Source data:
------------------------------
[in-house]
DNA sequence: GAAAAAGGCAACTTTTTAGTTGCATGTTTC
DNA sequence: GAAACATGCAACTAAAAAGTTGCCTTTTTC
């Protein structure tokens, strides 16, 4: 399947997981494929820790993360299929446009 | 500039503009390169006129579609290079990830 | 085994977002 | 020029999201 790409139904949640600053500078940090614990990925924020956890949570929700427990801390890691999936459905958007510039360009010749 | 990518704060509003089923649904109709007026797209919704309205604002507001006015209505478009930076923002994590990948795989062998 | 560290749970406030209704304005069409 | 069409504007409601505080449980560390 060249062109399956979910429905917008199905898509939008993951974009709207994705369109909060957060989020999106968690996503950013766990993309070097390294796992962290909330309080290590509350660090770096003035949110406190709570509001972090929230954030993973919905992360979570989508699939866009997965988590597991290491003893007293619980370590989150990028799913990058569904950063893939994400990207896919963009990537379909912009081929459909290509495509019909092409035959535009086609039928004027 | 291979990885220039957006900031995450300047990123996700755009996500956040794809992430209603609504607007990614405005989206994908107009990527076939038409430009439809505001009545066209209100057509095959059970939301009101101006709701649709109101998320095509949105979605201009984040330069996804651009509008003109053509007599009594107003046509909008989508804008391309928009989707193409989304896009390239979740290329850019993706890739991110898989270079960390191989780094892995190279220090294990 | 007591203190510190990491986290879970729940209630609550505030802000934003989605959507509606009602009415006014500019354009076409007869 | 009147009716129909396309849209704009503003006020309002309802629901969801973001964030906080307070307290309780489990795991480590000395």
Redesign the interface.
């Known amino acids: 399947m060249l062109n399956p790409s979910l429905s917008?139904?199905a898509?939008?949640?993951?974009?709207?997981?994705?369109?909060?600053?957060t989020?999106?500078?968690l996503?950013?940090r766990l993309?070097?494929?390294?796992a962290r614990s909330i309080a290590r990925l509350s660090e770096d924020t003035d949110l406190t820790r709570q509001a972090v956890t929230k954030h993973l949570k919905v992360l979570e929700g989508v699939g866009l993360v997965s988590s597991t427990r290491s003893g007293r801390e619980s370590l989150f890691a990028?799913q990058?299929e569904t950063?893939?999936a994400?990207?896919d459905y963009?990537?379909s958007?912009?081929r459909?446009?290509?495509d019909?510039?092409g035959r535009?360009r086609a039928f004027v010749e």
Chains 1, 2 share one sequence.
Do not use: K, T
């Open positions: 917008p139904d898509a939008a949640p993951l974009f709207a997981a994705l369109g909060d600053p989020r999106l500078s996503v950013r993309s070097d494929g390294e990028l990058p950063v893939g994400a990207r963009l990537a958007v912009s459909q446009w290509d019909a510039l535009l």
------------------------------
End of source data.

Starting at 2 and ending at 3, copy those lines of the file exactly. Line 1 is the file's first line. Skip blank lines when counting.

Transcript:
DNA sequence: GAAAAAGGCAACTTTTTAGTTGCATGTTTC
DNA sequence: GAAACATGCAACTAAAAAGTTGCCTTTTTC